The 5 Types Of Weight Training

The 5 Types Of Weight Training

Overall, there’s 5 main categories of weight training:

  • Sport Performance
  • Powerlifting
  • Olympic Lifting
  • Bodybuilding
  • General Fitness

Let’s learn more about each of them below.


Sports Performance

Improving sports performance is one of the most beneficial aspects of weight training. When programmed properly, it will help correct postural issues, improve strength, speed and overall athleticism. This is done with a combination of low, mid and high rep ranges. But a lot depends on the sport.

For example, a football lineman is going to have a very different program from a wrestler who needs to keep his weight in a certain range.

This style of training usually leads to improvement in appearance, but that’s not the goal at all.

Sometimes, the sport itself is a type of lifting, like our next example:



Powerlifting is a type of lifting that is competition based where athletes go to meets a couple times a year with the goal to lift the most weight possible on movements like Deadlifts, Barbell Back Squats and Barbell Bench Press.

They compete in weight classes and try to set benchmarks like the 1000 lb club, which is a total 1 rep max of over 1000 lbs between the big three lifts mentioned above.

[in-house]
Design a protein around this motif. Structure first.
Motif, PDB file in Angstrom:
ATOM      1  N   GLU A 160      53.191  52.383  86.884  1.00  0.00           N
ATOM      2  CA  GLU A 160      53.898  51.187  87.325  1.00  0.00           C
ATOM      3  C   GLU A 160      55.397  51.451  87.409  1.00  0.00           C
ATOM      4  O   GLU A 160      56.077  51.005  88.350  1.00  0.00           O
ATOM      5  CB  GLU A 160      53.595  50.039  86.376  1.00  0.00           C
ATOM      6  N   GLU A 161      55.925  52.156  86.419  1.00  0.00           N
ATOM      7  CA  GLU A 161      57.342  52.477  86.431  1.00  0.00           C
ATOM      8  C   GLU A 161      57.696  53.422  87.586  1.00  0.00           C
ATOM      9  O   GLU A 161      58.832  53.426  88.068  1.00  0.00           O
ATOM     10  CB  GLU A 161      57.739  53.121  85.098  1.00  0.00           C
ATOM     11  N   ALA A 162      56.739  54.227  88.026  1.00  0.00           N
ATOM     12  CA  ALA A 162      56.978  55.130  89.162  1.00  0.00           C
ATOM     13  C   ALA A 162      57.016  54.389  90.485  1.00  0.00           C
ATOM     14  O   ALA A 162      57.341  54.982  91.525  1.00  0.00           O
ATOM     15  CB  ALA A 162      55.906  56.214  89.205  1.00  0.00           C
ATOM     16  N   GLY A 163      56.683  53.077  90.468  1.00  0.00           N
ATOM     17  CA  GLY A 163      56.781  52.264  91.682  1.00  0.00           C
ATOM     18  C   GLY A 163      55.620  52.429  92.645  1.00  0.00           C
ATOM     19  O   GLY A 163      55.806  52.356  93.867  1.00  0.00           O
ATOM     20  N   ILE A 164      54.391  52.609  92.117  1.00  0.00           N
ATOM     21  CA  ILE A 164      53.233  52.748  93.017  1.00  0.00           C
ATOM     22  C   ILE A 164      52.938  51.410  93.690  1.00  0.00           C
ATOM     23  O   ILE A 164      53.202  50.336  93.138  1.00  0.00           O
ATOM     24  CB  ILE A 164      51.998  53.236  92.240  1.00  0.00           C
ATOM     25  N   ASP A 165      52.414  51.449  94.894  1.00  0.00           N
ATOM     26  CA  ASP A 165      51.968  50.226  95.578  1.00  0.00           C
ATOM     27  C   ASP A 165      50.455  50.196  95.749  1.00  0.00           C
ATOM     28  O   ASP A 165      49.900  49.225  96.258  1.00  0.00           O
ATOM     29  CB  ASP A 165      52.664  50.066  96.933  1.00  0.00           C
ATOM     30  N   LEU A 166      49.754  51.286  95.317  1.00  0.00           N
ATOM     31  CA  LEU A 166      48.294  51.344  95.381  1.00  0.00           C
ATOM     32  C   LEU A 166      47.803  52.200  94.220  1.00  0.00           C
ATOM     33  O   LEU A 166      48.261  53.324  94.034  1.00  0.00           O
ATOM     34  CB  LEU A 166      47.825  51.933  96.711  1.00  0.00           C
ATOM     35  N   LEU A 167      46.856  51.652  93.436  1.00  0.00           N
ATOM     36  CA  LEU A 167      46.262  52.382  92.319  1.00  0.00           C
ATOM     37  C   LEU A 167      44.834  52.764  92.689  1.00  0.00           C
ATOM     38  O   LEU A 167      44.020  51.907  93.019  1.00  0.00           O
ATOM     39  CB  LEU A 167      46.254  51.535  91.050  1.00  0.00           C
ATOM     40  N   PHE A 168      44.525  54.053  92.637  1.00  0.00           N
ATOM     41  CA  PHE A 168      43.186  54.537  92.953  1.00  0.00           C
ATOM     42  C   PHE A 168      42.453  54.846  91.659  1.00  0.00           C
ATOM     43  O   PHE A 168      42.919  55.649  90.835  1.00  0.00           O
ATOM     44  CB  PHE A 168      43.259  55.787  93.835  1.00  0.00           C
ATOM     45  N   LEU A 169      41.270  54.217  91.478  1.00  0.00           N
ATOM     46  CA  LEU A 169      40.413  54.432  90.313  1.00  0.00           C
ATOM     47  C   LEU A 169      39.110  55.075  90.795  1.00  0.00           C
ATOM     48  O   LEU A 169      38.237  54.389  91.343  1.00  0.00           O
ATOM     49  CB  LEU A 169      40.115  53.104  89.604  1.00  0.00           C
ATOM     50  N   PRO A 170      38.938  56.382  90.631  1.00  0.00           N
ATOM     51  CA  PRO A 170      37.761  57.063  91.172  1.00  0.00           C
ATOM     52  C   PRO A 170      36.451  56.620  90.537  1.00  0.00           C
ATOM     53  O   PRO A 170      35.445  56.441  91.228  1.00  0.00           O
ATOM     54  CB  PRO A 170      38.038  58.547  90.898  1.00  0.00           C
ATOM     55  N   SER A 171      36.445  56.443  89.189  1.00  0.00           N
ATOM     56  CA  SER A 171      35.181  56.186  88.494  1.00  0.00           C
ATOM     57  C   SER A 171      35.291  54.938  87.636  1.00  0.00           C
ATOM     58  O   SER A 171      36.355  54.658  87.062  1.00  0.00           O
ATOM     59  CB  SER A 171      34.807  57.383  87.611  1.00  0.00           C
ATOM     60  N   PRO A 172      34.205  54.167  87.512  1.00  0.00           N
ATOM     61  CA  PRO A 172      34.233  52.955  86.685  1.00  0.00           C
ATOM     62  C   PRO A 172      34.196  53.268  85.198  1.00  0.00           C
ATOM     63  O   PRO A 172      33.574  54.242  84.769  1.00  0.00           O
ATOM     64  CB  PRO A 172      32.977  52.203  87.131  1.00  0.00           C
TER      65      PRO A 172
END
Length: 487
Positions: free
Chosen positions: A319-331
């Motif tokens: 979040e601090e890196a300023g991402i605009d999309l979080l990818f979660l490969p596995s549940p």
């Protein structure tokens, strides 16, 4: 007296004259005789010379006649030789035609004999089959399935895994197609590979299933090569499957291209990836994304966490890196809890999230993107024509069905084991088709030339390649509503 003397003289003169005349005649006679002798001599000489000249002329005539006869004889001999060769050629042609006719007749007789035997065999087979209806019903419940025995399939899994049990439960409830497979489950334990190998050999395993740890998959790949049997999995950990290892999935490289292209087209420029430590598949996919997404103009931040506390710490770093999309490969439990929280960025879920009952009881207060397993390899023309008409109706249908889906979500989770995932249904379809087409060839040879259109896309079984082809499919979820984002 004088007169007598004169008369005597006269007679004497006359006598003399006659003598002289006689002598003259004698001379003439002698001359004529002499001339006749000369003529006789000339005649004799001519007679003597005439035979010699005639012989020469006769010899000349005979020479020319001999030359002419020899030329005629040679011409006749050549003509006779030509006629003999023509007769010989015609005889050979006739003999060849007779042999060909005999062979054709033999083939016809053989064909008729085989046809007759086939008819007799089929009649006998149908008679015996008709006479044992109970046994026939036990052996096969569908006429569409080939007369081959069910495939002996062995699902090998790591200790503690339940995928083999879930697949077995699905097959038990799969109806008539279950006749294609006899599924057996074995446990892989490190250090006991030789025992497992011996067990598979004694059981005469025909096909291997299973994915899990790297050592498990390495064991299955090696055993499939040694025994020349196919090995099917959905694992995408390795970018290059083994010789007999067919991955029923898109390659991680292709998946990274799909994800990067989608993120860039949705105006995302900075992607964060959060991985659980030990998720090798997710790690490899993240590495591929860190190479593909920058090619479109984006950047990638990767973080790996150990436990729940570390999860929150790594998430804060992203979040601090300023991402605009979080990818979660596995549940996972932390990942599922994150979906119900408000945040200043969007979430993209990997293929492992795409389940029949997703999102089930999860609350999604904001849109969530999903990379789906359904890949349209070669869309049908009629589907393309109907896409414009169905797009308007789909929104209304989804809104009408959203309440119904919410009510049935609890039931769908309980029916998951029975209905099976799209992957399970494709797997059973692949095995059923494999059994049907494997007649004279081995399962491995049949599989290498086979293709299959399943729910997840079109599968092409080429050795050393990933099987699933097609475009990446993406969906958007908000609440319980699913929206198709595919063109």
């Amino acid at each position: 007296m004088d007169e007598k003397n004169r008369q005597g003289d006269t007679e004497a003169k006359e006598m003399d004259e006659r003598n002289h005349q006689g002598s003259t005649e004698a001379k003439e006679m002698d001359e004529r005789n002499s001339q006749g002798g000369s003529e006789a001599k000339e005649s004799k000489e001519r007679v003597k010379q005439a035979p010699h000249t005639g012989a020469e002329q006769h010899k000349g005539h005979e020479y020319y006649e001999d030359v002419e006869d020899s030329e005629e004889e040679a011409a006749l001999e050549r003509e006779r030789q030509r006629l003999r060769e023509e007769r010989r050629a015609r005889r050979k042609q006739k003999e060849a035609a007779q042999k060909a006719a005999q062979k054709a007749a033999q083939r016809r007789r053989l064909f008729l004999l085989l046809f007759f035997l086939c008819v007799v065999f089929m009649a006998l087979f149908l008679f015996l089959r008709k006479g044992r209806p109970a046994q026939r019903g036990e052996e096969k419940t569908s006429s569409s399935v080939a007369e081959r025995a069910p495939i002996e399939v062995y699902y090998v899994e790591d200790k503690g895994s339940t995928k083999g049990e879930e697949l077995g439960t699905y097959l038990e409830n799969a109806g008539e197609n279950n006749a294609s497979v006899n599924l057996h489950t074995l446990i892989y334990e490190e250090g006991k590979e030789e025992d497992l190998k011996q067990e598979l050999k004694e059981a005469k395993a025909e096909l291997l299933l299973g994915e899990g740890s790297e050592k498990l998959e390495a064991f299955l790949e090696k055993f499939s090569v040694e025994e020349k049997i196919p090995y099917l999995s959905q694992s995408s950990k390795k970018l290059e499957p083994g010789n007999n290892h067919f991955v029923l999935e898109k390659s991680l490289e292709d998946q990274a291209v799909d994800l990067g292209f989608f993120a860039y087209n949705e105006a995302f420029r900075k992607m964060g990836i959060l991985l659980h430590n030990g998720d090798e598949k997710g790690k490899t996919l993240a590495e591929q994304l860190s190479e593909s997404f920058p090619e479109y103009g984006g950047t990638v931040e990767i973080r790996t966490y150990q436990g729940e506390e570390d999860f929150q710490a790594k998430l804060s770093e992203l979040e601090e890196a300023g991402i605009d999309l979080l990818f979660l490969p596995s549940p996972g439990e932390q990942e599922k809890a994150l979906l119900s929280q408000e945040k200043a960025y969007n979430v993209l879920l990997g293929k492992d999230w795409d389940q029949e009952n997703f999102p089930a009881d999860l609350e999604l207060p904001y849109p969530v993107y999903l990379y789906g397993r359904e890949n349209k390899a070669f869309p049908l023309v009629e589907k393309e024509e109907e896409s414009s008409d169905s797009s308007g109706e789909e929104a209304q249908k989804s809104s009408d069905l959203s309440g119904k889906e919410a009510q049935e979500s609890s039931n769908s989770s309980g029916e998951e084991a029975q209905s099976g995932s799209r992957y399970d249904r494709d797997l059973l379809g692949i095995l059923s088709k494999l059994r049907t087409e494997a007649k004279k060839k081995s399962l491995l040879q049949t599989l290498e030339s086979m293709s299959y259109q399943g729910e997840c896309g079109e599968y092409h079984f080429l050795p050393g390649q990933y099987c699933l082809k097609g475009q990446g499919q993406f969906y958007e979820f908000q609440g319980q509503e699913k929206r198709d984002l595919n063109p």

While definitely a fun sport, it’s usually not great for your joints and beats you up. There is no goal of aesthetics here with many powerlifters being more than fine with being soft through the mid section so they can fuel their training and put up another 20 lbs on their deadlift.

These workouts consist of very low reps of 5 or less and usually 3 or less. At these low ranges, there’s almost no metabolic benefit but it is a lot of fun to experiment with for the average person.

Olympic Lifting

Olympic lifting is very similar to Powerlifting in the sense that there are competitions that people compete in but the lifts are more explosive with examples being the Power Clean, Clean and Jerk, and Snatch.

These lifts have been popularized by CrossFit and the Olympics of course. They are best performed with sufficient rest and lower reps. These are very technical lifts that can really improve sport performance, but they take a lot of practice to be great at.